The history of credit scoring goes back more than 100 years, but it wasn't until 1989 that it became a globally dominating concept. This was the year that Equifax issued the first all-purpose FICO score [source: Fair Isaac]. While banks, employers, insurance companies and credit card companies could pay to get a copy of it, the reporting agencies refused to allow consumers to see their reports or scores for many years [source: Realty Times]. Businesses were trading individuals' financial information, but no one was allowed to dispute any errors or misinformation; this gave many consumers a bad taste.
As a result, the U.S. government created a series of legislation to address problems with credit reporting and scoring. Together, the Fair Credit Reporting Act of 1970, the Consumer Credit Reporting Reform Act of 1996 and the Fair and Accurate Credit Transactions Act of 2003 more tightly regulated the credit reporting industry. These acts direct credit reporting companies to:
Under the Fair and Accurate Credit Transactions Act, all Americans are entitled to one free copy of their credit report every 12 months. This holds true with all three of the major reporting agencies. So if you're American, you can get one report from each agency per year [source: FTC].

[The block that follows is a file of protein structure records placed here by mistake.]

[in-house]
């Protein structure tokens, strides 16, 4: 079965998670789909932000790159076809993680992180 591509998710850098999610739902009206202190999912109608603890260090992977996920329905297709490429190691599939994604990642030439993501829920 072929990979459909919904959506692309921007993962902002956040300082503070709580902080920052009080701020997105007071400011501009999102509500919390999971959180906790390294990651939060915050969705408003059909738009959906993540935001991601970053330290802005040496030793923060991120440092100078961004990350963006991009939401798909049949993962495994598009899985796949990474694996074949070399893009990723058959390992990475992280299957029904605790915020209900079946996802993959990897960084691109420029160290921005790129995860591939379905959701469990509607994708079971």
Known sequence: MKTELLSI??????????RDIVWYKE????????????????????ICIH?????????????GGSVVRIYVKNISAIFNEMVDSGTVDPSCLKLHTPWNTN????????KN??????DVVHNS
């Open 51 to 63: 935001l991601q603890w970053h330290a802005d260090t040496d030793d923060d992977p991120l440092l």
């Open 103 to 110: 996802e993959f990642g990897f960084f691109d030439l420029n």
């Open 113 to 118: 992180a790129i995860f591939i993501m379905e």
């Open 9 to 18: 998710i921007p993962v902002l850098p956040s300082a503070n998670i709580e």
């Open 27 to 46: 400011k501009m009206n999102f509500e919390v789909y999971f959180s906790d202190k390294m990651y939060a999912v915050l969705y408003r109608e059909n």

There's only one place to get your nationwide free credit report -- the key word here being "free." A joint organization called the Annual Credit Report Request Service (ACRRS) was set up as a clearinghouse by the three major reporting agencies to handle requests for free credit reports. Requests can be made online, through the mail or over the phone (look for the link to the ACRRS site on the Lots More Information page).
Even before the federal legislation was in place, some states had already established laws that gave their residents rights to one or more free credit reports per year. These laws are still in place (in addition to the federal law), but when requesting an additional credit report during the year under state law, you must contact each credit reporting company directly. Other states have set limits on the amounts companies can charge for additional credit reports [source: BankRate].
The advent of laws mandating free credit reports inadvertently gave rise to related scams. Identity thieves can obtain your personal information by posing as representatives for the annual free credit report. In other cases, some companies have been named to sound like they can provide the federally mandated annual free credit report. The FTC suggests getting around this by not responding to e-mails, Web pop-ups or phone calls concerning your free credit report, and dealing only with the ACRRS [source: FTC].
Ironically, despite the uproar over the secrecy in credit reporting of years past and the laws that ensued to make the process more transparent, many Americans don't know what's in their credit reports. A 2006 poll found that only 28 percent of Americans said they were "very likely" to check their score that year [source: Gallup]. A 2007 poll found that just 29 percent of Americans had approximate knowledge of what a credit score is [source: Chicago Tribune].
For more information on credit reporting and other related topics, visit the next page.